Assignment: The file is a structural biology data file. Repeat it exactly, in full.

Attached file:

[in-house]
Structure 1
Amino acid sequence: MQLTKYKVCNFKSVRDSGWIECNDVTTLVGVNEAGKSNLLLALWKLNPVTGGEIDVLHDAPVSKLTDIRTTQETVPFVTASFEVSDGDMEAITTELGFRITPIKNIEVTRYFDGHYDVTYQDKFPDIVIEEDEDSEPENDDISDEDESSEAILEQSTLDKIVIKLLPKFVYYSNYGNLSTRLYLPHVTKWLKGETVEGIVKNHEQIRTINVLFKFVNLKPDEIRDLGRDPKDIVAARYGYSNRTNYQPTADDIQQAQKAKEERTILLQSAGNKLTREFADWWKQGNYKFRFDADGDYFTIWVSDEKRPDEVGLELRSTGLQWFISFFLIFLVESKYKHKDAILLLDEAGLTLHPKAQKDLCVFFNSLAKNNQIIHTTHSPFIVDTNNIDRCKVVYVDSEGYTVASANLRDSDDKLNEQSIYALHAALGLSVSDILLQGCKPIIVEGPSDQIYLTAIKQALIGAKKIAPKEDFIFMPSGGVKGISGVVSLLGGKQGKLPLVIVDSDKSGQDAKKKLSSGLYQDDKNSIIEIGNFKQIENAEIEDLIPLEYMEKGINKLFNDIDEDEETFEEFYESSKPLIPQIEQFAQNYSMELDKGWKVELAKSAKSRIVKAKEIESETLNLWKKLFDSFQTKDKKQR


[in-house]
Structure 1
Amino acid sequence: MQLTKYKVCNFKSVRDSGWIECNDVTTLVGVNEAGKSNLLLALWKLNPVTGGEIDVLHDAPVSKLTDIRTTQETVPFVTASFEVSDGDMEAITTELGFRITPIKNIEVTRYFDGHYDVTYQDKFPDIVIEEDEDSEPENDDISDEDESSEAILEQSTLDKIVIKLLPKFVYYSNYGNLSTRLYLPHVTKWLKGETVEGIVKNHEQIRTINVLFKFVNLKPDEIRDLGRDPKDIVAARYGYSNRTNYQPTADDIQQAQKAKEERTILLQSAGNKLTREFADWWKQGNYKFRFDADGDYFTIWVSDEKRPDEVGLELRSTGLQWFISFFLIFLVESKYKHKDAILLLDEAGLTLHPKAQKDLCVFFNSLAKNNQIIHTTHSPFIVDTNNIDRCKVVYVDSEGYTVASANLRDSDDKLNEQSIYALHAALGLSVSDILLQGCKPIIVEGPSDQIYLTAIKQALIGAKKIAPKEDFIFMPSGGVKGISGVVSLLGGKQGKLPLVIVDSDKSGQDAKKKLSSGLYQDDKNSIIEIGNFKQIENAEIEDLIPLEYMEKGINKLFNDIDEDEETFEEFYESSKPLIPQIEQFAQNYSMELDKGWKVELAKSAKSRIVKAKEIESETLNLWKKLFDSFQTKDKKQR